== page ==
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Kevin’s Path to Kubernetes World: Let’s install Kyma

 

Kyma is a great Open-Source project found on kyma-project.io.

 

Kyma

/kee-ma/

is a platform for extending applications with serverless functions and microservices. It provides a selection of cloud-native projects glued together to simplify the creation and management of extensions.

– https://kyma-project.io

 

This means to us as business application developers, sys-admins, support, … we can leverage the Kyma Runtime as a great way to connect application extensions into our existing architecture. The great thing is that it allows us, if applicable, to extend legacy systems with serverless functions and microservices.

Kyma%20Architecture

Kyma Architecture – https://kyma-project.io/assets/docs/1.13/kyma/docs/assets/ac-s-sc.svg

Naturally I wanted to try this piece of technology out as I am in discovery mode anyway and trying all sorts of things in the K8S context.

Kyma installation on macOS

First of all, to all the Windows and Linux users, I am really sorry but this guide is just for macOS users because this is what I am using as development machine. But you can find great installation guides on the Installation webpage or on Youtube.

With that let us talk hardware! In order to run the Kyma installment properly you should check the hardware requirements first https://kyma-project.io/docs/#installation-installation .

By default, the local Kyma Lite installation on Minikube requires 4 CPU and 8GB of RAM. If you want to add more components to your installation, install Kyma on a cluster.

– https://kyma-project.io/docs/#installation-installation

My MacBook is has the following specs:

Apple MacBook Pro 13-inch
macOS Catalina V 10.15.5
Processor: 2.3 GHz Quad-Core Intel Core i7
Memory: 32 GB 3733 MHz LPDDR4

Install the required prerequisites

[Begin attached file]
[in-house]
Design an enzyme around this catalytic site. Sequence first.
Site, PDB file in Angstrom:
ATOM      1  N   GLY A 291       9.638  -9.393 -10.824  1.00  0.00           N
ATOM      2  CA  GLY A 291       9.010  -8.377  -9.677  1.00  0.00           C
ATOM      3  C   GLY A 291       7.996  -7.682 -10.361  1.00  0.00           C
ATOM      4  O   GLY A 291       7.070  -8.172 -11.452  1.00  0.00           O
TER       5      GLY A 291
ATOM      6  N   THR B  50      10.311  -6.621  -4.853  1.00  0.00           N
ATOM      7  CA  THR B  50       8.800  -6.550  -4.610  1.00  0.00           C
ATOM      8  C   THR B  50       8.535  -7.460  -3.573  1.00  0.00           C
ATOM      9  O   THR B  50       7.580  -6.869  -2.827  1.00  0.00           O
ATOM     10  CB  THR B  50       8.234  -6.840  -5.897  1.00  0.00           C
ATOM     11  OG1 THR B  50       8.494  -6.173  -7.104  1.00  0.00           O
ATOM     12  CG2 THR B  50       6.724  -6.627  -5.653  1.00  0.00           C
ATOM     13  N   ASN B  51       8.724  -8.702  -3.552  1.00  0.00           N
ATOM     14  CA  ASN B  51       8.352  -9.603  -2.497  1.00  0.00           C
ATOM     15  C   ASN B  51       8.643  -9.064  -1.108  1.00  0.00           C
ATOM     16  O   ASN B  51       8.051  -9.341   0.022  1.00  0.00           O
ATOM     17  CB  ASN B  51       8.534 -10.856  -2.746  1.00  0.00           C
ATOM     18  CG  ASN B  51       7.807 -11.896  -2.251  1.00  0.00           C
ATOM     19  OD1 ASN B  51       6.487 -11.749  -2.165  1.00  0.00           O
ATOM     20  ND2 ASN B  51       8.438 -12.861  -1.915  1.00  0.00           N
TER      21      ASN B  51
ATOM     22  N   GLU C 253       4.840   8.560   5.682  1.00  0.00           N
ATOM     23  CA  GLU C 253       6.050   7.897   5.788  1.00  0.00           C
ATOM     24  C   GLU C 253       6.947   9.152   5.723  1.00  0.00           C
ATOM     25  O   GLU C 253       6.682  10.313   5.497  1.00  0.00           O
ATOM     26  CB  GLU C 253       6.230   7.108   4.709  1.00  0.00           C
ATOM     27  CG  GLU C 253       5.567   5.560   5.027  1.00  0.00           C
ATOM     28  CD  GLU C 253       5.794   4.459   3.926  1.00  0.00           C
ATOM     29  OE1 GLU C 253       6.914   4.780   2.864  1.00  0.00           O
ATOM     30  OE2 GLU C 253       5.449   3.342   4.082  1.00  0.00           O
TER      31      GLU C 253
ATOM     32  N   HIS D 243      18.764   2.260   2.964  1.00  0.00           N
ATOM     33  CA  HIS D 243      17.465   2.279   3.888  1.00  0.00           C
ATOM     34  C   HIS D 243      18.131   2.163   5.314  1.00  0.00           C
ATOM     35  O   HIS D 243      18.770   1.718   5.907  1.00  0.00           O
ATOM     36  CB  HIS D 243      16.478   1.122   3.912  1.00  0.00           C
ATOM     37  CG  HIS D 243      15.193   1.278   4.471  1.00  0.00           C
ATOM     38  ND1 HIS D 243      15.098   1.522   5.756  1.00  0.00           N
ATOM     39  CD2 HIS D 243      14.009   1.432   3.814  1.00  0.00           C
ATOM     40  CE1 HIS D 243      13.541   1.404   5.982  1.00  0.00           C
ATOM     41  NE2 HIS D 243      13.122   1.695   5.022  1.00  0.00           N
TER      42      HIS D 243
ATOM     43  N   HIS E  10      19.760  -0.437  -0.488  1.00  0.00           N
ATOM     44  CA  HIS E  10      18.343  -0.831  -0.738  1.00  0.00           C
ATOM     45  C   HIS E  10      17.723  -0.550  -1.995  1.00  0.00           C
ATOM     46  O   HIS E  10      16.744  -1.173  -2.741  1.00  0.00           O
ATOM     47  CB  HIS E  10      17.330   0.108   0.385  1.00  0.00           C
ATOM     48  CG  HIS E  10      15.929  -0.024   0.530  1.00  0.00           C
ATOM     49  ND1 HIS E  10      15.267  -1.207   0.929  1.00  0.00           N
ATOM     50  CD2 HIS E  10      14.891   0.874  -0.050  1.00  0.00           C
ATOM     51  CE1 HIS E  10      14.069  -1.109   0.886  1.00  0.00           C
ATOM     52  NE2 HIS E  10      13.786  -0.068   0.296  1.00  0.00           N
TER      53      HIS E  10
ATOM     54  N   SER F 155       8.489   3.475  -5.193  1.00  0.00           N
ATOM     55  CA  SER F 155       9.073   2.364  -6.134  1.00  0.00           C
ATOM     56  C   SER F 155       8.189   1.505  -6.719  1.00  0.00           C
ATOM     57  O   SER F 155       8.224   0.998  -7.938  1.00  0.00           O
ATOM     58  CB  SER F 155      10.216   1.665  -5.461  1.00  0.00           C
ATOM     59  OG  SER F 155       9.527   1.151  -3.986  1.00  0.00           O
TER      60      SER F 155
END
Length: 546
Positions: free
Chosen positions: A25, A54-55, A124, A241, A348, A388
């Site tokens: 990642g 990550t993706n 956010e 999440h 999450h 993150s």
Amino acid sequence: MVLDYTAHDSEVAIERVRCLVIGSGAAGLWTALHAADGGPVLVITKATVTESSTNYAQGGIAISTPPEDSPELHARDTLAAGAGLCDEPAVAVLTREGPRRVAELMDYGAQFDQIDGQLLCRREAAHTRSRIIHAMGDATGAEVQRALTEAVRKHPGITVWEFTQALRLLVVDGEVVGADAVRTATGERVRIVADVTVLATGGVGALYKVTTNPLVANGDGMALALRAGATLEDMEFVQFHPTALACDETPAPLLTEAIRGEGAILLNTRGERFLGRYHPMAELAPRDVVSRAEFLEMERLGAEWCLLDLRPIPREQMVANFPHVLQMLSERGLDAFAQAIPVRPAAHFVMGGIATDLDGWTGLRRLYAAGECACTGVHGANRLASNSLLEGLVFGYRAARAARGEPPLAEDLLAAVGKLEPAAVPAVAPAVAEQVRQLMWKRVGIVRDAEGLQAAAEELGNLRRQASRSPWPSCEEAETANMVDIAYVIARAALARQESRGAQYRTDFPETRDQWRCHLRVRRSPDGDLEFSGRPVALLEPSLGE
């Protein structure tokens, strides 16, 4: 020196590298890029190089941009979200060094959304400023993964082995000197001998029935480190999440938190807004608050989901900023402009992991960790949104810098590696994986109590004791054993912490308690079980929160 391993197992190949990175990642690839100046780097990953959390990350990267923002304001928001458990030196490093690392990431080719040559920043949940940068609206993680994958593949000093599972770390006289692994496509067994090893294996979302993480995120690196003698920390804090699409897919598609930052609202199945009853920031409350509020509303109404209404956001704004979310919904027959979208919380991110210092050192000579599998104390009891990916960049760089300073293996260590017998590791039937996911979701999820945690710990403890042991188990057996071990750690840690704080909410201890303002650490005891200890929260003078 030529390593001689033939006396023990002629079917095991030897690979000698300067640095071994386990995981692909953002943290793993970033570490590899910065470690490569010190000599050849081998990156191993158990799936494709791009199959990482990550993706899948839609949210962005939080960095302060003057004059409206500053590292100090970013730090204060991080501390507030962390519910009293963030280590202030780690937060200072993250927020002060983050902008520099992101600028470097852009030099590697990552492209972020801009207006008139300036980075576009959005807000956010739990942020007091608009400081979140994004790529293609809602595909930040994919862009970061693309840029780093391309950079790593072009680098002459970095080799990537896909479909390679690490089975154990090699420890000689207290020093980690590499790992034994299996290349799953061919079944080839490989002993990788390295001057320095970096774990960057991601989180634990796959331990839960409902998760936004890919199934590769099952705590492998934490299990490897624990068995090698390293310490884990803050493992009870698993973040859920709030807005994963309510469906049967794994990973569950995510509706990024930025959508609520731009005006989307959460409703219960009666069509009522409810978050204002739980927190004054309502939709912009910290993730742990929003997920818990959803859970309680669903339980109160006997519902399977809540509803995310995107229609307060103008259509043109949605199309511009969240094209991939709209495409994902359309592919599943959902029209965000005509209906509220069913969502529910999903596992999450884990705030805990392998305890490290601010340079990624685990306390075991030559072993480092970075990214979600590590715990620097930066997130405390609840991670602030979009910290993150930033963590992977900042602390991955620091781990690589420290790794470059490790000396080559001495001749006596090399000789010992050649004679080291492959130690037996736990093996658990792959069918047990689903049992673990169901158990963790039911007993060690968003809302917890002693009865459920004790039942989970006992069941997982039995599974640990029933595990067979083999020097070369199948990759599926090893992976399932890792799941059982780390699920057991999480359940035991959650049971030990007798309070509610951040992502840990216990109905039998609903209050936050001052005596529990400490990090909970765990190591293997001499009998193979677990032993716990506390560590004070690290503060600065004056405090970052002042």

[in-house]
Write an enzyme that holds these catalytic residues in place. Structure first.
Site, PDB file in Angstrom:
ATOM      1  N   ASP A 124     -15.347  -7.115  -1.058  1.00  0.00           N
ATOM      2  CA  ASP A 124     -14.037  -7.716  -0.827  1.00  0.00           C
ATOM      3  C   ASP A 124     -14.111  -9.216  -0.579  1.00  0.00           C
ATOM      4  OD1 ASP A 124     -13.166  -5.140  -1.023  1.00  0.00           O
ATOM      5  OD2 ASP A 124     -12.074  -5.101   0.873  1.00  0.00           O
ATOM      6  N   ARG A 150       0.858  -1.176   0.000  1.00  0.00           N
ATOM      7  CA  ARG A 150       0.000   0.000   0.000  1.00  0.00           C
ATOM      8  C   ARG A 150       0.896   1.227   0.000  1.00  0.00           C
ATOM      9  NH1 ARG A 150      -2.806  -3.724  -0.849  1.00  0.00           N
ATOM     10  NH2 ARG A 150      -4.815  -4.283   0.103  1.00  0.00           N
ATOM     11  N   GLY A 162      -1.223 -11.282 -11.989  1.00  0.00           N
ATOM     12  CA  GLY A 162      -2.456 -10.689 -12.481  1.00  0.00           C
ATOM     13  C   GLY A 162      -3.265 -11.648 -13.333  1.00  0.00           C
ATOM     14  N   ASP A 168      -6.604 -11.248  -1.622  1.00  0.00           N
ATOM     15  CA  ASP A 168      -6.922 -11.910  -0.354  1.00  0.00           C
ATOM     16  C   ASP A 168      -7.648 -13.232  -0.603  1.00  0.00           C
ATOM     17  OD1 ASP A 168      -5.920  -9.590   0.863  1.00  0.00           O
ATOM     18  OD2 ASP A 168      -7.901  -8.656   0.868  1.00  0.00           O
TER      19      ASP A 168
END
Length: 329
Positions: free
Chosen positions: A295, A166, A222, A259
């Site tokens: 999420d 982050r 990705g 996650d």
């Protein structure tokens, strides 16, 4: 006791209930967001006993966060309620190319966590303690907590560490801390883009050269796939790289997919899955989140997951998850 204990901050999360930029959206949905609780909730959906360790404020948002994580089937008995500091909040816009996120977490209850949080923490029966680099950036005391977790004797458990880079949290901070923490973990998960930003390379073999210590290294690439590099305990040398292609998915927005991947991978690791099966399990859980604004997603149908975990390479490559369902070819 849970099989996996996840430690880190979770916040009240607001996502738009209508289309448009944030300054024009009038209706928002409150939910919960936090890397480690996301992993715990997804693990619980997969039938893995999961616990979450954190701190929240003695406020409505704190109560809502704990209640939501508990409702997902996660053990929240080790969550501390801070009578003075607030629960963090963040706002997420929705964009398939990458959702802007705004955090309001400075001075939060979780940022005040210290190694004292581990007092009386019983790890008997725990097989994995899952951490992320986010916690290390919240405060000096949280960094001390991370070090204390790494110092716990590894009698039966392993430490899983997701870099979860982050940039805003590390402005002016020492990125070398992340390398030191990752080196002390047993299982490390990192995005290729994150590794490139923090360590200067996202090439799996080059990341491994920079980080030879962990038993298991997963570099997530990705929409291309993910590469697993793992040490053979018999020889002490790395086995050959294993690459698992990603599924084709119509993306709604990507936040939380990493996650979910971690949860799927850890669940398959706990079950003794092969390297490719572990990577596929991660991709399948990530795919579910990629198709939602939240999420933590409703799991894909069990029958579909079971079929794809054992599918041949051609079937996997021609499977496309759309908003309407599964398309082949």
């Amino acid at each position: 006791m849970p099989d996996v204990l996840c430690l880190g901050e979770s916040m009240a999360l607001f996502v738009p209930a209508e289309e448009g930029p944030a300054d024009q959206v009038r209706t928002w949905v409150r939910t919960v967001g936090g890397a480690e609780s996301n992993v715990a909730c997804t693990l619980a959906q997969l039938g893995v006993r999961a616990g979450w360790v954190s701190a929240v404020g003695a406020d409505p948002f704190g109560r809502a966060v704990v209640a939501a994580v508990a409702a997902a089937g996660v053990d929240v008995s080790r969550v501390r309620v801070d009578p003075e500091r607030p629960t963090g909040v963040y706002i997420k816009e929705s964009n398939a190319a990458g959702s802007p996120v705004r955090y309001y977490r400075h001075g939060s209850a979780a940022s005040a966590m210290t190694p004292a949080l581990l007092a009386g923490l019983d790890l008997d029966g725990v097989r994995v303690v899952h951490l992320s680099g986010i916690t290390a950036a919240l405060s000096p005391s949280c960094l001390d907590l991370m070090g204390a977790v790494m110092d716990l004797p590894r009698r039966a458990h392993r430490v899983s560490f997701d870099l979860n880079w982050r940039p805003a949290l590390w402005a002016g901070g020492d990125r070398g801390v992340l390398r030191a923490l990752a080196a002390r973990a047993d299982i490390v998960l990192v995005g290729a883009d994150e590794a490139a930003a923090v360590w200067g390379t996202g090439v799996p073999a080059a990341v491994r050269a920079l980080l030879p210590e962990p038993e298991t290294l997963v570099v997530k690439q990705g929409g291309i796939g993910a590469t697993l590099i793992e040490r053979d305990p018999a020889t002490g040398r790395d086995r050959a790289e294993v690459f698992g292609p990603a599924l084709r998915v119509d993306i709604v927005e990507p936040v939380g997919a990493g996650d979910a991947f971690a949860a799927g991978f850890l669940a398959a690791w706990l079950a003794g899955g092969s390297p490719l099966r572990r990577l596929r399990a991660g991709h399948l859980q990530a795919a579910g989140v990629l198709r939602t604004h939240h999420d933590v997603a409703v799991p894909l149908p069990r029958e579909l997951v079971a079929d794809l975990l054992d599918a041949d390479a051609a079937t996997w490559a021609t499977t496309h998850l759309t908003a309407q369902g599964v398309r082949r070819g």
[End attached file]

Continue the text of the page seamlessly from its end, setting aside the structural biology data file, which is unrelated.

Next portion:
In order to run Kyma locally inside of an Kubernetes cluster you have to make sure that all needed components have the correct version installed. My first couple of tries I got a lot of weird error messages which I couldn’t make sense off because of wrong versioning. Kyma is really particular about what version of Minikube, Kubernetes-CLI and (maybe not sure about this) the Helm version it wants.

If we follow the Installation Guide, the following versions are noted for Kyma V1.14 (latest):

  • Minikube 1.6.2
  • Kubernetes-CLI 1.16.3

In addition we need to install docker and the Kyma CLI. For docker there is no version specified, for the Kyma CLI we want to make sure that, if you’re using Homebrew, its installing the correct version 1.14. On Mac you need to install the Hyperkit driver as well for the virtualization where your Minikube K8S cluster will run on.

NOTE: The following instructions are from my personal experience on my MacBook Pro. For the Windows or Linux installation you have to follow the above mentioned Kyma installation guide.’

So let’s get started:

One way to install a specific Formula version with Homebrew is to lookup the commit id of the version release commit.

The best would be for you to go to the official homebrew-core Github page and clone yourself that nice repository.

The reason for this is, you want to look in the commit history for the version you require and GitHub.com doesn’t support displaying a big commit history.

In the github.com web interface you want to search for the Formula you require in that repository.

Kyma%20homebrew%20formula%20git

The result will lead you to the ruby file which represents the wished Formula. There you can hit the history button and probably get a message which will tell you to execute the following command to get the full history:

git log 3bbe4aaef060cabffb82550aea2b78fd28767a8e -- Formula/minikube.rb

This you just gotta execute in the homebrew-core git repository locally and you can browse the commit history.